If the following QOTSA albums catapulted them into the public eye as messiahs of rock ‘n’ roll guitars and hard hitting drums, this more modest debut was a style guide signalling their intent as masters of the carefully constructed mind-infiltrating riff. This re-issue combines the original track listing with relevant bonus tracks from the same period slotted in, boosting an already brilliant album.
The original 11 tracks plus three bonus tracks is frontman and modern rock pioneer Josh Homme’s musical manifesto. It was the product of his attempt to create an instantly recognisable sound, something that he continued to do with engineer-like precision well into the next decade. As soon as you hear the opening four agitated guitar notes on this album you imagine the towering figure of Homme picking them.
The repetitive riffs introduced in opener Regular John and littering the entire album share the same monotony and neurotic demeanour as Krautrock, except Dusseldorph has now become a desert and guitars have descended from the skies. Homme is seemingly infatuated by his own melodic creations and milks them for all they are worth like a hungry wolf devouring an almost bare carcass. They become the axis for each track to spin around and often they contain no more than three notes or one chord. Accompanying these riffs are driving power chords that cut right through your body and give the songs a sense of urgency and direction. Occasional screeching guitar solos present on If Only and bonus track The Bronze are like trapped flys bouncing around a small glass, before giving way to the assured sound that is Homme’s vocal.
The one song that epitomizes 90s QOTSA is Walkin’ on the Sidewalks, a repetitive and punchy rock ‘n’ roll track that transforms into a two-and –a-half minute tunnel of panicky one note jabs. The taunting vocals of You Would Know tread purposefully into the second half of the album, which is bolstered by the additions of the precariously unpredictable These Aren’t The Droids You’re Looking For and the climatic stomp of Spiders and Vinegaroons.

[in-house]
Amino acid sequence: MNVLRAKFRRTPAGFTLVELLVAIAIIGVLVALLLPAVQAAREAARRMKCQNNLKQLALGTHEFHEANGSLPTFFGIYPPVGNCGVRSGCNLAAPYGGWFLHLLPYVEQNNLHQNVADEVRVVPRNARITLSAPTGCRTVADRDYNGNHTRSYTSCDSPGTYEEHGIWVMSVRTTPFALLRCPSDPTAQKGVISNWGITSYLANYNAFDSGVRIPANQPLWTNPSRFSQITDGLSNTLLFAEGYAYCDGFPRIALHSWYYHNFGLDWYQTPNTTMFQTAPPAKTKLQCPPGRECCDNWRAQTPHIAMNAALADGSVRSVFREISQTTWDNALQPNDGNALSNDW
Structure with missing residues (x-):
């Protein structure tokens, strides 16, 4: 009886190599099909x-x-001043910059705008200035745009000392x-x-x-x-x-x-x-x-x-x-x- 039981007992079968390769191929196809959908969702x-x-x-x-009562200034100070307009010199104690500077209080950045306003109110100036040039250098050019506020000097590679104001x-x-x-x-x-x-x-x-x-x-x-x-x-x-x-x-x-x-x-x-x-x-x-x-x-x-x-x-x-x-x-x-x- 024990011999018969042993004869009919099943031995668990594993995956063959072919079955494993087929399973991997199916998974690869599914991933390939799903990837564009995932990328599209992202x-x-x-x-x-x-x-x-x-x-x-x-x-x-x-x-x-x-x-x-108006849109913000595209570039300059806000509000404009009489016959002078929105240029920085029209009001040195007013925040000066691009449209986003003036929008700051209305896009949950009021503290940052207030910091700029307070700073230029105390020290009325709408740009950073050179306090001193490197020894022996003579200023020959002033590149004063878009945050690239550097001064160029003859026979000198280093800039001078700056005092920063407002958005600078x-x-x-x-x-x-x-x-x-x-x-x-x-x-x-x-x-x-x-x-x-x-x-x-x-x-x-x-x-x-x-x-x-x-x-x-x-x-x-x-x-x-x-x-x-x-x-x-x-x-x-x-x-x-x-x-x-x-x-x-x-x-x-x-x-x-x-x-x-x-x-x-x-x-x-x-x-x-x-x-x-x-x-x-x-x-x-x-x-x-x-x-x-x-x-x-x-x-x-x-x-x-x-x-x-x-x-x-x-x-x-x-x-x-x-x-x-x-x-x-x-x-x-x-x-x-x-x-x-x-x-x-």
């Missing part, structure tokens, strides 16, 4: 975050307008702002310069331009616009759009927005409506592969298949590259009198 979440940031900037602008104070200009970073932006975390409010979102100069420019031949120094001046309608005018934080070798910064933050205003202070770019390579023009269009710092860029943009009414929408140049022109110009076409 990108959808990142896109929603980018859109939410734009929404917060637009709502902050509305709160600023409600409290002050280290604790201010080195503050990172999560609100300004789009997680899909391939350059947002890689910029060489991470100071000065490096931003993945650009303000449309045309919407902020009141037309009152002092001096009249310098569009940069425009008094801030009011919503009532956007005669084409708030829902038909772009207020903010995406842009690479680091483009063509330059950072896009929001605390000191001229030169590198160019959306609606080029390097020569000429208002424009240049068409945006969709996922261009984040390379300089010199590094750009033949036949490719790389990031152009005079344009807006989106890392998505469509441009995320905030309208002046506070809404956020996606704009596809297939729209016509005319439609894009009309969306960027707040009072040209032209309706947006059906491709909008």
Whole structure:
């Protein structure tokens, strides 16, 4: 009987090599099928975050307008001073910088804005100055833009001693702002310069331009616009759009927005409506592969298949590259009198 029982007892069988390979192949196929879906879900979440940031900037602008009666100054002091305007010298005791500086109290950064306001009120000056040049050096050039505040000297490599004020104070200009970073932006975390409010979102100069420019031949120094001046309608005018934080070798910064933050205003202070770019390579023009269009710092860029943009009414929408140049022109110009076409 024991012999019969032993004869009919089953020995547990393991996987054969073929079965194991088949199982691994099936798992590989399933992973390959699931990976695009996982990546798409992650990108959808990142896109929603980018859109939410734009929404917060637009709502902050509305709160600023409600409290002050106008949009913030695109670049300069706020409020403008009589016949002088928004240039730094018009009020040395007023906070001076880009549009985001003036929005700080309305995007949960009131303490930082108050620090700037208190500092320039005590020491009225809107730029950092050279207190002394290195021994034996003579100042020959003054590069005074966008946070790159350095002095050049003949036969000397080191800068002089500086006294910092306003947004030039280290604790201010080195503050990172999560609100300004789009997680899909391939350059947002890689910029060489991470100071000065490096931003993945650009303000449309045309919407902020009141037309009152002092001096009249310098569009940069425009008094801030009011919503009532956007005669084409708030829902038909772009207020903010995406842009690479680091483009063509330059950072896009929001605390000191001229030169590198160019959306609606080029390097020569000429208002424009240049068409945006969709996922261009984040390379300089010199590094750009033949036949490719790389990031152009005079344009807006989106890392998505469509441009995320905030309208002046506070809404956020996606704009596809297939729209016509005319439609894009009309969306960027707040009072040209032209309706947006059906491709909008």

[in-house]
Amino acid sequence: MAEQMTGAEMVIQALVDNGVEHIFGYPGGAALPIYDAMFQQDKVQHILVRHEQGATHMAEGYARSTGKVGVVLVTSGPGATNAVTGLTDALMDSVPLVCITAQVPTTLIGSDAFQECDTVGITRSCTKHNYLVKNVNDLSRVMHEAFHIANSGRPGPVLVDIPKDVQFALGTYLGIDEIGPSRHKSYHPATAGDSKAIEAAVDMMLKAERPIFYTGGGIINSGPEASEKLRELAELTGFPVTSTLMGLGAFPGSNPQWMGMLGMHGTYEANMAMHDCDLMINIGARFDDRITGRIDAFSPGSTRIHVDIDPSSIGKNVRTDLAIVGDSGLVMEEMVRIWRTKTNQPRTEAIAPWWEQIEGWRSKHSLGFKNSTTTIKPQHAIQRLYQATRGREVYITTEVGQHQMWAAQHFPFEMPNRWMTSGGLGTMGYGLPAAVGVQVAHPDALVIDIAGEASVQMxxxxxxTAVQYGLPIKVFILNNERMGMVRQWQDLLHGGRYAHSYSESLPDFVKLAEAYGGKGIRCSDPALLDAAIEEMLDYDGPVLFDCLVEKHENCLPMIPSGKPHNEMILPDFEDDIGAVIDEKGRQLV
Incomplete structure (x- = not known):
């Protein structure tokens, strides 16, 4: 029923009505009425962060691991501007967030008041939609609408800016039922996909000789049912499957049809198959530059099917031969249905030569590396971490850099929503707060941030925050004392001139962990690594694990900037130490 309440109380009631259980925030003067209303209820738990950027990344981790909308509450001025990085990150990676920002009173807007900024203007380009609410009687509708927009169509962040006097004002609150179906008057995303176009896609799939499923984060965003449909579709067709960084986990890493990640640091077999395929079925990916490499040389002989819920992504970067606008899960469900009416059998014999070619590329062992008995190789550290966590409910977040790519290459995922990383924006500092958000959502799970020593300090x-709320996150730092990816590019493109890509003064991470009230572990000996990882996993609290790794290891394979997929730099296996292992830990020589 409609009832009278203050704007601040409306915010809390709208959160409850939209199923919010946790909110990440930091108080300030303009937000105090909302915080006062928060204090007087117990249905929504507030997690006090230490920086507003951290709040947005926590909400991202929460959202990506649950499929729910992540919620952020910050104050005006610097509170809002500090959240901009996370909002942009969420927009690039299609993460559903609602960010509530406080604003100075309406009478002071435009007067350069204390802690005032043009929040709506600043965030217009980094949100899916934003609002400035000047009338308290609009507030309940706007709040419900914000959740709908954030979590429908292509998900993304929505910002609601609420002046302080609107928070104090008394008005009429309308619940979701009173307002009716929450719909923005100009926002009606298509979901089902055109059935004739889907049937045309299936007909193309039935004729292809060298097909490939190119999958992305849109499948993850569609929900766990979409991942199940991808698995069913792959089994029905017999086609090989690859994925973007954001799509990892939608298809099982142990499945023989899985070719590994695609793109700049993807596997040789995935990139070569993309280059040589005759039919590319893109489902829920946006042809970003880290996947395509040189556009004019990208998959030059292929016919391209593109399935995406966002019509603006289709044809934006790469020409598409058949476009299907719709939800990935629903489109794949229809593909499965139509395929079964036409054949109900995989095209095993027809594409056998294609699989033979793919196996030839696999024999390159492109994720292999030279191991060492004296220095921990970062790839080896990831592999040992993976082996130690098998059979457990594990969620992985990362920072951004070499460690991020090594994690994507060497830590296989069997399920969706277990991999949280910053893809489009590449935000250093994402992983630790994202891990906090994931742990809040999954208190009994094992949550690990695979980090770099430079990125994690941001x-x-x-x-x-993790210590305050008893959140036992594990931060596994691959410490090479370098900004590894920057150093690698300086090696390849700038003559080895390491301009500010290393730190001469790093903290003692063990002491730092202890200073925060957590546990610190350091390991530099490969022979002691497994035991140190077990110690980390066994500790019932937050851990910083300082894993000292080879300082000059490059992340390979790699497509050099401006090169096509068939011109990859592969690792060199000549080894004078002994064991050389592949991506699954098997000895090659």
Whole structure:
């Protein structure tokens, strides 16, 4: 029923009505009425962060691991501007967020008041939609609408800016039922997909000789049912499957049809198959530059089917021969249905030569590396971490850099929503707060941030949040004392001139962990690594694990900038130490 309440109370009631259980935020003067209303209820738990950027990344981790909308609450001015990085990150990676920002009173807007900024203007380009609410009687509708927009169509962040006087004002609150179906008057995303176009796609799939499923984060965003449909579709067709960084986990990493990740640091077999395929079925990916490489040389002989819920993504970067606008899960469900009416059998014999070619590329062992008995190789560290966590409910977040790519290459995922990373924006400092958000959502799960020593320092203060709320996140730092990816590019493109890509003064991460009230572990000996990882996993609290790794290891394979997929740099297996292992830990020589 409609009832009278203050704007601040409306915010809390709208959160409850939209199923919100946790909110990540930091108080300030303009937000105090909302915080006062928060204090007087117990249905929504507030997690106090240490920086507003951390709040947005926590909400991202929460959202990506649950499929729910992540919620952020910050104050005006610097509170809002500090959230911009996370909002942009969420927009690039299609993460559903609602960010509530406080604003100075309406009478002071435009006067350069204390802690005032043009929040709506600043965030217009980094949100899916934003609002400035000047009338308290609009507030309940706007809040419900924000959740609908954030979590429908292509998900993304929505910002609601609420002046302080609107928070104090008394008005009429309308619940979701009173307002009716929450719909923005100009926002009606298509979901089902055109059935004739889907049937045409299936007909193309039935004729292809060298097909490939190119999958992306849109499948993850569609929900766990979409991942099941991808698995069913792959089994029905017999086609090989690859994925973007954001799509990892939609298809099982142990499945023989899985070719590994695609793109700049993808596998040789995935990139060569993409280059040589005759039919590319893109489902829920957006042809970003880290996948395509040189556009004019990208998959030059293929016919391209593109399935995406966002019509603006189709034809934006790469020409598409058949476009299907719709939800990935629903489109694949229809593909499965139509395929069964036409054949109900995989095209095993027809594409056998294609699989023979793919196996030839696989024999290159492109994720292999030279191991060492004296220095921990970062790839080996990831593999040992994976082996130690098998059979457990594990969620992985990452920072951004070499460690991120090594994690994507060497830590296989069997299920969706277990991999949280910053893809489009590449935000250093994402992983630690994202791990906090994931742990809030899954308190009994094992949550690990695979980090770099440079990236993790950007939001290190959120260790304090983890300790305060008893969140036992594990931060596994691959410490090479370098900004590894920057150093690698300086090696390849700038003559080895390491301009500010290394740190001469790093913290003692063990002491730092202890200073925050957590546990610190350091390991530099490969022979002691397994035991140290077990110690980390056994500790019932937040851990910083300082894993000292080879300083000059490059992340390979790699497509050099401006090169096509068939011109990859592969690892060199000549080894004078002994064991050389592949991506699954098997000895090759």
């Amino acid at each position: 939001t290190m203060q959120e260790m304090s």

If a commercially successful and critically acclaimed third album has ever got you into a band, tracing them back to their musical roots can often lead to the discovery of a band flirting with genres and finding a niche. QOTSA on the other hand are a band that started out with a clear vision of what they wanted to do. This neatly concocted album is clear proof of that, with signature QOTSA sounds from the off. It also originally came with a handwritten Josh Homme thesis of how he was going to take over the world, with references to an ex Nirvana drummer, a black, white and red rendered video and something about vultures. He’s good.
Stoner rock legends Queens Of The Stone Age have announced a European tour and will be playing their debut album in its entirety alongside b-sides from that era at the Roundhouse in Chalk Farm/Camden, London on May 17th, then more shows in Dublin, Glasgow and Manchester.
This backs up their re-release of their debut that will be released on Domino Records on March 7th but if you cannot wait until then, there’s a ltd edition 7″ released today of How To Handle A Rope (A Lesson In The Lariat) backed with Avon on limited to 1000 copies on Rekords Rekords. Click here to order one.
Tickets go on sale on Friday 25th February so make a note to avoid disappointment.